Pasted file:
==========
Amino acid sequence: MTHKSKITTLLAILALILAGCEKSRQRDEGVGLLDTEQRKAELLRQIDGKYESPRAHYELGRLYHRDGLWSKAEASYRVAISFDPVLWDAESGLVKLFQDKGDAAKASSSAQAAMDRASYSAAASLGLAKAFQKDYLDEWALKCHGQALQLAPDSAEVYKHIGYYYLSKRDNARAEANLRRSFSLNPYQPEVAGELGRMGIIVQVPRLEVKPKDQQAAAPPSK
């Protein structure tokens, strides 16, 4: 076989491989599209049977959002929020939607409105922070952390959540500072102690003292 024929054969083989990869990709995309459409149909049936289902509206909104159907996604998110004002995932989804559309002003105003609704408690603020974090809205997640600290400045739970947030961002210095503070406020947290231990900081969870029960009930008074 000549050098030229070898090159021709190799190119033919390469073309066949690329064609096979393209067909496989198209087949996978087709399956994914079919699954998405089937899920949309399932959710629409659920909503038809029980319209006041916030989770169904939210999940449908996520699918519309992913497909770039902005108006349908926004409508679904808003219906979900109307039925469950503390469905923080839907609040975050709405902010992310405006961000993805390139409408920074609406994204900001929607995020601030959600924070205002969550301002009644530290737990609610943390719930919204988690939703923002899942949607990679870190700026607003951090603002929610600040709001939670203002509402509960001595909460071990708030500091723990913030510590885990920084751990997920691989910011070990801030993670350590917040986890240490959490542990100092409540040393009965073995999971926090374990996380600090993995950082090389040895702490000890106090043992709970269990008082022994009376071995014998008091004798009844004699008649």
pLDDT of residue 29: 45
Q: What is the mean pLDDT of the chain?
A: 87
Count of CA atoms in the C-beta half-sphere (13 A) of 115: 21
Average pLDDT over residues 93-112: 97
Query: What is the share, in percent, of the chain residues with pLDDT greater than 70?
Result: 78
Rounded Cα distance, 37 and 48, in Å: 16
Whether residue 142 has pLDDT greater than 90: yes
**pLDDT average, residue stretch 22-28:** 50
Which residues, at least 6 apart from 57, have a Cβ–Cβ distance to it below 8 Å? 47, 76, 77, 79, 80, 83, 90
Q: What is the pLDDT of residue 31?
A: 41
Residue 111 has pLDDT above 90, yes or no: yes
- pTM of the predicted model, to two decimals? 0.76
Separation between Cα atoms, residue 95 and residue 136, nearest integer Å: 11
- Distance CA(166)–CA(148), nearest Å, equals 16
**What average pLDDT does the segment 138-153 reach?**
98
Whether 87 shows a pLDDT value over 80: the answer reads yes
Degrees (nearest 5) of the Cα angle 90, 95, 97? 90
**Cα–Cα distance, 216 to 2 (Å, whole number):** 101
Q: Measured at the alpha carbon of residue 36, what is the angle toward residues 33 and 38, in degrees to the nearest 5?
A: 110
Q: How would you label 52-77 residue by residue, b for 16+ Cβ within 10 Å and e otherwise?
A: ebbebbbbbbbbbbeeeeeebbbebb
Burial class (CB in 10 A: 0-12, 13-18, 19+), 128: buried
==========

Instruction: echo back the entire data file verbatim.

Amino acid sequence: MTHKSKITTLLAILALILAGCEKSRQRDEGVGLLDTEQRKAELLRQIDGKYESPRAHYELGRLYHRDGLWSKAEASYRVAISFDPVLWDAESGLVKLFQDKGDAAKASSSAQAAMDRASYSAAASLGLAKAFQKDYLDEWALKCHGQALQLAPDSAEVYKHIGYYYLSKRDNARAEANLRRSFSLNPYQPEVAGELGRMGIIVQVPRLEVKPKDQQAAAPPSK
């Protein structure tokens, strides 16, 4: 076989491989599209049977959002929020939607409105922070952390959540500072102690003292 024929054969083989990869990709995309459409149909049936289902509206909104159907996604998110004002995932989804559309002003105003609704408690603020974090809205997640600290400045739970947030961002210095503070406020947290231990900081969870029960009930008074 000549050098030229070898090159021709190799190119033919390469073309066949690329064609096979393209067909496989198209087949996978087709399956994914079919699954998405089937899920949309399932959710629409659920909503038809029980319209006041916030989770169904939210999940449908996520699918519309992913497909770039902005108006349908926004409508679904808003219906979900109307039925469950503390469905923080839907609040975050709405902010992310405006961000993805390139409408920074609406994204900001929607995020601030959600924070205002969550301002009644530290737990609610943390719930919204988690939703923002899942949607990679870190700026607003951090603002929610600040709001939670203002509402509960001595909460071990708030500091723990913030510590885990920084751990997920691989910011070990801030993670350590917040986890240490959490542990100092409540040393009965073995999971926090374990996380600090993995950082090389040895702490000890106090043992709970269990008082022994009376071995014998008091004798009844004699008649």
pLDDT of residue 29: 45
Q: What is the mean pLDDT of the chain?
A: 87
Count of CA atoms in the C-beta half-sphere (13 A) of 115: 21
Average pLDDT over residues 93-112: 97
Query: What is the share, in percent, of the chain residues with pLDDT greater than 70?
Result: 78
Rounded Cα distance, 37 and 48, in Å: 16
Whether residue 142 has pLDDT greater than 90: yes
**pLDDT average, residue stretch 22-28:** 50
Which residues, at least 6 apart from 57, have a Cβ–Cβ distance to it below 8 Å? 47, 76, 77, 79, 80, 83, 90
Q: What is the pLDDT of residue 31?
A: 41
Residue 111 has pLDDT above 90, yes or no: yes
- pTM of the predicted model, to two decimals? 0.76
Separation between Cα atoms, residue 95 and residue 136, nearest integer Å: 11
- Distance CA(166)–CA(148), nearest Å, equals 16
**What average pLDDT does the segment 138-153 reach?**
98
Whether 87 shows a pLDDT value over 80: the answer reads yes
Degrees (nearest 5) of the Cα angle 90, 95, 97? 90
**Cα–Cα distance, 216 to 2 (Å, whole number):** 101
Q: Measured at the alpha carbon of residue 36, what is the angle toward residues 33 and 38, in degrees to the nearest 5?
A: 110
Q: How would you label 52-77 residue by residue, b for 16+ Cβ within 10 Å and e otherwise?
A: ebbebbbbbbbbbbeeeeeebbbebb
Burial class (CB in 10 A: 0-12, 13-18, 19+), 128: buried